4. Re boundary changes I’m leaning towards the conclusion that they will pass but I don’t think its as certain as H. Hemmelig suggests. As Tim Jones points out a lot of Tories will lose out in the review and will probably vote against (or at the least abstain ) to save their own bacon. I’ve mentioned Wales before where I imagine at least half of the Tory MP’s there will rebel but the list of Tory “problem areas” keeps growing.

    I recently mentioned North Lancashire (an area of three MP’s two Con one Lab) which will lose a seat. The new electoral figures have really shafted the Tories there since it pretty much necessitates the creation of a safe Labour Morecambe and Lancaster seat. This leaves two Tory MP’s to fight over the one safe Tory seat in the area. thus at best I imagine we’ll see one rebellion there but possibly even two since both Tory MP’s would have a claim to the seat and they might want to avoid a messy nomination battle.

  5. There is no history of Tory MPs who lose out in boundary reviews voting down the proposals to “save their own bacon”. Sorry to keep harping back to 1995 but consider all the Tory seats which disappeared in London for example:

    Hendon South – J.Marshall
    Kingston – N.Lamont
    Croydon NE – Congdon
    Wanstead – Arbuthnot
    Bexleyheath – Townsend
    Acton – Sir G Young
    Westminster N – Wheeler
    Kensington – Fishburn
    Ravensbourne – Sir J Hunt

    That’s 9 just off the top of my head. Did those MPs rebel? No. Some got new seats and some didn’t.

  6. ‘There is no history of Tory MPs who lose out in boundary reviews voting down the proposals to “save their own bacon”.’

    But in 2013 that’s what David Davis, Philip Davies, Richard Shepherd and John Baron did – all voting with the opposition against the new boundaries

    Their votes weren’t decisive as the proposal would have been defeated anyhow

    Of the MPs you mention, Marshall, Congdon and Townsend all stood for the Tories in the successor constituencies and lost, Lamont stood in Yorkshire and lost, Hunt, Wheeler and Fishburn stood down and Arbuthnot and Young found rock-solid Tory seats in Northern Hampshire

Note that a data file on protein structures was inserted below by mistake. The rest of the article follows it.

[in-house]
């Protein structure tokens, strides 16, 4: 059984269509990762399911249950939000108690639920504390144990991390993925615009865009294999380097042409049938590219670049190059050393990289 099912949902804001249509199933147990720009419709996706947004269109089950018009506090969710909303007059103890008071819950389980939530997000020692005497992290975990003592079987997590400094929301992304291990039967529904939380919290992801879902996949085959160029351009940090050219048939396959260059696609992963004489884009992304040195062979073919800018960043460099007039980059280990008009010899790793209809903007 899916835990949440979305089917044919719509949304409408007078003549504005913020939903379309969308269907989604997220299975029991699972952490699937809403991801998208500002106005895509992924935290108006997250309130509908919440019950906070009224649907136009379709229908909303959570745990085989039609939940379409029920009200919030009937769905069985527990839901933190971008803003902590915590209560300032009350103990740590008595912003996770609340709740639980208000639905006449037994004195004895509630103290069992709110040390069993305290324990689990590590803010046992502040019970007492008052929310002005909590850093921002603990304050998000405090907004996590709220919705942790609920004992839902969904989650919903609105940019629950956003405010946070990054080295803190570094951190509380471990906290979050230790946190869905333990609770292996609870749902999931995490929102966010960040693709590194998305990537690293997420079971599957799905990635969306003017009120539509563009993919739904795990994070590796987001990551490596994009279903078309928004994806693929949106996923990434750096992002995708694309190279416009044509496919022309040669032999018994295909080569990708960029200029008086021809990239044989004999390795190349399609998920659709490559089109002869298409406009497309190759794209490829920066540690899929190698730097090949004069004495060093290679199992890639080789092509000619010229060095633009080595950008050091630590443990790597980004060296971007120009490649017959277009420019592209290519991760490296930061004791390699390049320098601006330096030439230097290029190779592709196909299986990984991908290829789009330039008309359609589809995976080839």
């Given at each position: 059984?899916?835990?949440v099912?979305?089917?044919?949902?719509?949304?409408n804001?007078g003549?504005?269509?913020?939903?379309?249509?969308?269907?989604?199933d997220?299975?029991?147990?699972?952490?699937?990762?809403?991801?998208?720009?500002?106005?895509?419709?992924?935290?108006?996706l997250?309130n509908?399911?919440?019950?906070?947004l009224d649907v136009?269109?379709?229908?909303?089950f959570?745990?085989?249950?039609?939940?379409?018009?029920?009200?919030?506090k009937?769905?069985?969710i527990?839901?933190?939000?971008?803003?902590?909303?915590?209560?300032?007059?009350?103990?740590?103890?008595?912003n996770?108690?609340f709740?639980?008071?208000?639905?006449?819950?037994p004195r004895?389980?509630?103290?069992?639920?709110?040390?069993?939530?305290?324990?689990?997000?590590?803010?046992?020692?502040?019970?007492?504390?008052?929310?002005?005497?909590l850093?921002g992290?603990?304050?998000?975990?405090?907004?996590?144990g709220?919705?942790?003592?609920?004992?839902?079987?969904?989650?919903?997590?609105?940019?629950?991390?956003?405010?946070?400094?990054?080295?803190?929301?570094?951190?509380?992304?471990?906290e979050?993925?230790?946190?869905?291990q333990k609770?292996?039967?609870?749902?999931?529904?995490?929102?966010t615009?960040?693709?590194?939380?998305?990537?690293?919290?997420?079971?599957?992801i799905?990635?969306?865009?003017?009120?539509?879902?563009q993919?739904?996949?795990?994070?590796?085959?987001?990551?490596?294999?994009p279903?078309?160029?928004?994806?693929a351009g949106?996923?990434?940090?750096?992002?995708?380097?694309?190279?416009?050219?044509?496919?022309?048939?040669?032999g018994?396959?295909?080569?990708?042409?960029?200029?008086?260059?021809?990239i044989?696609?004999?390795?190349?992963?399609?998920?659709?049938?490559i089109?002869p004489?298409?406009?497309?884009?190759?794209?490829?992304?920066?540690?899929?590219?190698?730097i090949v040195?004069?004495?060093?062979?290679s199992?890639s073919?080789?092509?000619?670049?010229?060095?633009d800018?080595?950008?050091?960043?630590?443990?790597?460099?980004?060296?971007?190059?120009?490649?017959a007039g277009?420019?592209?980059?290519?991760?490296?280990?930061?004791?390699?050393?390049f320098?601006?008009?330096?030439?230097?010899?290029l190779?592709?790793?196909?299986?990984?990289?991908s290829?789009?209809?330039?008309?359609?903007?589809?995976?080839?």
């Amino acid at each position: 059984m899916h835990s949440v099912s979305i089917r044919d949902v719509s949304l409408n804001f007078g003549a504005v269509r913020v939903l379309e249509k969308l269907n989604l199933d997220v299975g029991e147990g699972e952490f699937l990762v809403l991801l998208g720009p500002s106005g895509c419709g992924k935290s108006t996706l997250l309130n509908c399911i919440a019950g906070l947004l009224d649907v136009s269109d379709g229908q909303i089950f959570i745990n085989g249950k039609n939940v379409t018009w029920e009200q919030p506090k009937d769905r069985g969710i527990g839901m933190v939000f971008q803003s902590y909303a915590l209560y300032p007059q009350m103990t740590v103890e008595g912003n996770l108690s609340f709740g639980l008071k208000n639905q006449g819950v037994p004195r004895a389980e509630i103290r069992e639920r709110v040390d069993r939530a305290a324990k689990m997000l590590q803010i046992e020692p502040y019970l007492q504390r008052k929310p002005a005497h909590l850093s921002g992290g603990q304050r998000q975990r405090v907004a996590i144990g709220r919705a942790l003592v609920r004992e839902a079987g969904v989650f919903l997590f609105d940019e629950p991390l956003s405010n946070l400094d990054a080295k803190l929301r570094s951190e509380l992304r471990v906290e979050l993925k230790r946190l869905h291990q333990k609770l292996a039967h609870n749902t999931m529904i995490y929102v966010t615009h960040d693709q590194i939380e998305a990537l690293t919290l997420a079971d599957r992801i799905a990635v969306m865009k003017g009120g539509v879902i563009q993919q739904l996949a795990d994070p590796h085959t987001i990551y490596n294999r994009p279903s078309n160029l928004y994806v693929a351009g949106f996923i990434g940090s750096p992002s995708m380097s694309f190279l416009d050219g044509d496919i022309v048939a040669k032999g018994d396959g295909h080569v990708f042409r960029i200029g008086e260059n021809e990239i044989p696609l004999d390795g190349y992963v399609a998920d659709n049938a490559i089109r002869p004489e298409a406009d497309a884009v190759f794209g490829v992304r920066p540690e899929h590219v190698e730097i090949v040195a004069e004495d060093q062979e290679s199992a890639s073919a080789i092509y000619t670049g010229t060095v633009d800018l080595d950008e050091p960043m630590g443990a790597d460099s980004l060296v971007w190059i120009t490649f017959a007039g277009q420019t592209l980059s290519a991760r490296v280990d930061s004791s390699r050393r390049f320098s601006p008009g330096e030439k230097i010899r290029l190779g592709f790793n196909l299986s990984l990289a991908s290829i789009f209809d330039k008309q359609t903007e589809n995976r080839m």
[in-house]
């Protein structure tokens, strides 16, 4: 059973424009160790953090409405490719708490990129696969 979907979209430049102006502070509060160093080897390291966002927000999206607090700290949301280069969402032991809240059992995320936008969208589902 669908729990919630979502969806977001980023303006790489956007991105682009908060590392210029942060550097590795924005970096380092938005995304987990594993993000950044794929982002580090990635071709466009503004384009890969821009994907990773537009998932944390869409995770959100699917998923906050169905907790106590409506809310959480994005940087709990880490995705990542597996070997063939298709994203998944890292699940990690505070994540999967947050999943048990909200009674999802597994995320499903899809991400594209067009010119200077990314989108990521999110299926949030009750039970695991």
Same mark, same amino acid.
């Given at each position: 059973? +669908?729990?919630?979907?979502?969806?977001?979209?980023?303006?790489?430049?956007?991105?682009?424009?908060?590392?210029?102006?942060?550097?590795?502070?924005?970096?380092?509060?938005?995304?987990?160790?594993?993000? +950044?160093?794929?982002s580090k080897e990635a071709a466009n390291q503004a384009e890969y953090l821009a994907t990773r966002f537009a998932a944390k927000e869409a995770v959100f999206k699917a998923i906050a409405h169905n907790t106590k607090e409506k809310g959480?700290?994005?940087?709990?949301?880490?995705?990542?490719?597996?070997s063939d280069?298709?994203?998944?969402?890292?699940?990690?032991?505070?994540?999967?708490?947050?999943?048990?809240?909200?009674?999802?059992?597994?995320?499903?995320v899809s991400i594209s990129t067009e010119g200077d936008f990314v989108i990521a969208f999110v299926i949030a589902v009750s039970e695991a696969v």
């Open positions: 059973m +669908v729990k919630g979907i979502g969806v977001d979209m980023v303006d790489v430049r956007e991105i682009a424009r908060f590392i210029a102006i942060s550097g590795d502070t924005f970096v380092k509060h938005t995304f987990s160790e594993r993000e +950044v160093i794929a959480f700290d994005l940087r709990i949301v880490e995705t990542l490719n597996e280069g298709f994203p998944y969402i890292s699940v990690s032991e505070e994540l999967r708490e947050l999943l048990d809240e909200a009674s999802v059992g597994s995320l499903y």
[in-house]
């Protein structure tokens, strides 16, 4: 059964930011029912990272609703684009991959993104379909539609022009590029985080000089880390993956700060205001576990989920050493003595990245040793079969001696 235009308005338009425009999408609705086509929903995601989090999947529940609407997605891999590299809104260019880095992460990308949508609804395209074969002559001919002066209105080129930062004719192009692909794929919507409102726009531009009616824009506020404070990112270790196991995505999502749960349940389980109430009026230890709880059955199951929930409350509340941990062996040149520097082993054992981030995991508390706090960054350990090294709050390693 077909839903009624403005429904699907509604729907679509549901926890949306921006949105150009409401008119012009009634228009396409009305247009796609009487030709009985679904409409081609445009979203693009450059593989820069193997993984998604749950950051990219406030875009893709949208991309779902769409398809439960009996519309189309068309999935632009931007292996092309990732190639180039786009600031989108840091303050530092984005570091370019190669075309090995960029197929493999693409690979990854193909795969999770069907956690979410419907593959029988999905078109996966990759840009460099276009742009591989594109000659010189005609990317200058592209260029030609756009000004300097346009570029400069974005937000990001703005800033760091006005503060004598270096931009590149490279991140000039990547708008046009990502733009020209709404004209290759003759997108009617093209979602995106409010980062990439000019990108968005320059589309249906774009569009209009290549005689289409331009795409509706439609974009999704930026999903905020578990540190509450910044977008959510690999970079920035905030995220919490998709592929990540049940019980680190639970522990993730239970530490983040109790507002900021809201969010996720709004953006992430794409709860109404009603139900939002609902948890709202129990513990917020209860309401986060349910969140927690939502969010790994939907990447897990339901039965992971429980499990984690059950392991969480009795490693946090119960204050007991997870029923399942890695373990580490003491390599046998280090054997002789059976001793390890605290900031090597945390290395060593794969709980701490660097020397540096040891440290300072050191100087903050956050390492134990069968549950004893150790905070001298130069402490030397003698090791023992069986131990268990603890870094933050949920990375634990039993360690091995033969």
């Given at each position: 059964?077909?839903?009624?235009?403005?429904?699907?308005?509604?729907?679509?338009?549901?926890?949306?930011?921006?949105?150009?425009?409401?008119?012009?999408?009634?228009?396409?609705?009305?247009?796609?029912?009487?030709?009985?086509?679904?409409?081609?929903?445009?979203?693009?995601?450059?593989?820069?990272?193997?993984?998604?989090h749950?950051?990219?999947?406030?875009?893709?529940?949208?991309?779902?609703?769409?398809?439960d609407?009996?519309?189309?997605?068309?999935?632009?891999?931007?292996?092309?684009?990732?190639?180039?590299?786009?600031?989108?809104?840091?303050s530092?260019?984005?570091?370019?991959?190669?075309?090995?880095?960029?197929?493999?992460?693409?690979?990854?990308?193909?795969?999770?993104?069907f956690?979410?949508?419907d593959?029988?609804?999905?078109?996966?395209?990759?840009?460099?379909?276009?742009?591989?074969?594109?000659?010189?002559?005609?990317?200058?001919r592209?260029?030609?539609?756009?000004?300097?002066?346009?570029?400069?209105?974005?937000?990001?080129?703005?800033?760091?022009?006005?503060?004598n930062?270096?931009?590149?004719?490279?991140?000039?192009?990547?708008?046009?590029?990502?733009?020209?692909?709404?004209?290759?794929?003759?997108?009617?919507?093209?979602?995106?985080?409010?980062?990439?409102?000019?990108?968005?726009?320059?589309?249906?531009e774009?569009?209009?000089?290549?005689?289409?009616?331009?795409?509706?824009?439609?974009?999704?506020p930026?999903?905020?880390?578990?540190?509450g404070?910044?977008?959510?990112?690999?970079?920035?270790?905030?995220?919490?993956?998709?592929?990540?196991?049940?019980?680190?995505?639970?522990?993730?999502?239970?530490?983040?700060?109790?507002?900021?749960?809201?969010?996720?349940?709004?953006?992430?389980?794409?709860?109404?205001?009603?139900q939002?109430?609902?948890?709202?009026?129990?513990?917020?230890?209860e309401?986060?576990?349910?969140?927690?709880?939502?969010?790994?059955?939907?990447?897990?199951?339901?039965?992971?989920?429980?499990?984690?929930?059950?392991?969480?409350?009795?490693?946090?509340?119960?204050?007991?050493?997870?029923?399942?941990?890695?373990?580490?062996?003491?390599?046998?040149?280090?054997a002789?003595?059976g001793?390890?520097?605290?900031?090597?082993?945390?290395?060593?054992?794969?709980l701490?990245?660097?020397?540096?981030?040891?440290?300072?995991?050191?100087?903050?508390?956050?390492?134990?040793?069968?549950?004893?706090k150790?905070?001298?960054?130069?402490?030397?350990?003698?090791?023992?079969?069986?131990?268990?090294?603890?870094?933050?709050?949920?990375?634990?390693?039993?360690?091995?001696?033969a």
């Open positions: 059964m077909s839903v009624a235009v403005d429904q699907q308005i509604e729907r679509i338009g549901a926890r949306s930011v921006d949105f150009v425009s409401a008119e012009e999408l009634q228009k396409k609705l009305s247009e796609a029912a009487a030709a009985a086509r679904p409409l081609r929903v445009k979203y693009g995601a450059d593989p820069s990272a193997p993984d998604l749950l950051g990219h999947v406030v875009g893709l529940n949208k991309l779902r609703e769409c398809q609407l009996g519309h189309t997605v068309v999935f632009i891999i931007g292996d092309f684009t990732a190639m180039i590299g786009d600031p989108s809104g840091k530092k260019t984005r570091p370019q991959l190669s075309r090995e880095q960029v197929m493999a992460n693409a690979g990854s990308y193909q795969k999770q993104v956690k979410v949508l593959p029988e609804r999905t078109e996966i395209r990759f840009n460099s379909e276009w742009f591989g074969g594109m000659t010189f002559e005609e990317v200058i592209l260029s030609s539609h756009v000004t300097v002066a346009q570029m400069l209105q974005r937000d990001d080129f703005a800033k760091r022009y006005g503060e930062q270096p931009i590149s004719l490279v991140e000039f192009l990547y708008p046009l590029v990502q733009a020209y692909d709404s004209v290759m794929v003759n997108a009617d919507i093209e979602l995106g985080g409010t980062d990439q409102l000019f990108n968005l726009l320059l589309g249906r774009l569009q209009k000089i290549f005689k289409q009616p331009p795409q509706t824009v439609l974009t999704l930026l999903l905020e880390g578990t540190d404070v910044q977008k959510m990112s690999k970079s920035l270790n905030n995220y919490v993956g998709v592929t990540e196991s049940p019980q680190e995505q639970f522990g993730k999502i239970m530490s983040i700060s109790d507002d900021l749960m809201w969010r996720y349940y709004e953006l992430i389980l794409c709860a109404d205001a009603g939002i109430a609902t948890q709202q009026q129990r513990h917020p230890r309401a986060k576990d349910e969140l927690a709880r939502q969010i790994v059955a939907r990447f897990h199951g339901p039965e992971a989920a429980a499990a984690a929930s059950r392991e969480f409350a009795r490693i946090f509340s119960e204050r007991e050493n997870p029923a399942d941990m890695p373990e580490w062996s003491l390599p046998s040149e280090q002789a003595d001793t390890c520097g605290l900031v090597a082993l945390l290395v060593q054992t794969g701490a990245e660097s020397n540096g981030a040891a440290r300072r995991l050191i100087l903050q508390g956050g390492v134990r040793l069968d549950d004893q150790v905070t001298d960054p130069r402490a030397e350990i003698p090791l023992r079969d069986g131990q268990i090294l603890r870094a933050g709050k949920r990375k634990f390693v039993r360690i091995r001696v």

A lot more will be cast by the wayside this time round – increasing the potential for trouble

  7. “A lot more will be cast by the wayside this time round – increasing the potential for trouble”.

    Don’t see where you get that from. The relevant article on this site says the Tories would have won nine fewer seats in 2015 had the previous review been implemented. It goes on to say that the upcoming review will probably be slightly more benign from a Tory point of view.

    Northern Ireland is set to lose only one seat as opposed to two in the aborted review, so less chance of any opposition from MPs from there.

  8. That figure of 9 doesn’t demonstrate the number of likely rebels. First of all its the net loses, boundary changes could mean the Tories would gain seats elsewhere but the probably new MP obviously can’t pro actively vote in favour of the review in anticipation for them entering the commons. Thus the raw figure of Tories who lose their seat is almost certainly higher.

    Second that’s only losses, how many Tory safe seats will suddenly become marginal? Will those MP’S vote for the review? Obviously mote marginals will become safe but that doesn’t help the potential rebels one iota.